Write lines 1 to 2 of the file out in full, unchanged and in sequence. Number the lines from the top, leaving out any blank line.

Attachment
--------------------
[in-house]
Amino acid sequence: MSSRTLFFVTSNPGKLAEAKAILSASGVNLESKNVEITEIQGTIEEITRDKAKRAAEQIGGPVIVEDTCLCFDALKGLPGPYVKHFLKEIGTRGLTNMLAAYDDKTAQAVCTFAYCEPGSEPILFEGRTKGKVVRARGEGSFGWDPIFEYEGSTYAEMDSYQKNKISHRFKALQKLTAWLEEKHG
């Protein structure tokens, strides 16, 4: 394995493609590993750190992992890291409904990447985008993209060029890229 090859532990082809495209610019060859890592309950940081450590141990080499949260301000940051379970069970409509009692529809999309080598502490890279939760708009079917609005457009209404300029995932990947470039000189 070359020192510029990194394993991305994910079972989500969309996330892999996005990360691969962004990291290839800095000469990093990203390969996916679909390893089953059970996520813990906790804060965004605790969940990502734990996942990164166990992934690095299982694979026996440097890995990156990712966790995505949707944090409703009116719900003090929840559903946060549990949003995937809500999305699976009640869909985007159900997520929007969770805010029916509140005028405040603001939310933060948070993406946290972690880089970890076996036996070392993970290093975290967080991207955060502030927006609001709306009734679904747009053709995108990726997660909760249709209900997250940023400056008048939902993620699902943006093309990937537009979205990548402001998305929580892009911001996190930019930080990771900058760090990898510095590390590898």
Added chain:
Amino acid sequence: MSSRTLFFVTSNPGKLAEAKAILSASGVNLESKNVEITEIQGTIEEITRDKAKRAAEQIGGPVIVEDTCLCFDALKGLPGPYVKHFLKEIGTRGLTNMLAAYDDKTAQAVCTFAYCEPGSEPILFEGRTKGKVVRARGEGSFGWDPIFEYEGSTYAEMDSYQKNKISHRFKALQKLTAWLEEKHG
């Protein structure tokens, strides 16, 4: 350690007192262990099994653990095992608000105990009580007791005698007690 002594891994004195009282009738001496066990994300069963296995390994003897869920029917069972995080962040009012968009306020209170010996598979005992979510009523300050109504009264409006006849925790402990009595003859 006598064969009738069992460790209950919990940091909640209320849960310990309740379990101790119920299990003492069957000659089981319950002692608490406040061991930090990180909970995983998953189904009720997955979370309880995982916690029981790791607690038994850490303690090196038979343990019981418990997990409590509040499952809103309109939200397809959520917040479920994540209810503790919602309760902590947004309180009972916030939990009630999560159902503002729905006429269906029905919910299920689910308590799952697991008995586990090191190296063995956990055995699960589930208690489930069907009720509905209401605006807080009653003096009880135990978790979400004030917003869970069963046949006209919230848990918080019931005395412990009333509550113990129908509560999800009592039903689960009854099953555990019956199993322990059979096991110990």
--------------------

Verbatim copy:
[in-house]
Amino acid sequence: MSSRTLFFVTSNPGKLAEAKAILSASGVNLESKNVEITEIQGTIEEITRDKAKRAAEQIGGPVIVEDTCLCFDALKGLPGPYVKHFLKEIGTRGLTNMLAAYDDKTAQAVCTFAYCEPGSEPILFEGRTKGKVVRARGEGSFGWDPIFEYEGSTYAEMDSYQKNKISHRFKALQKLTAWLEEKHG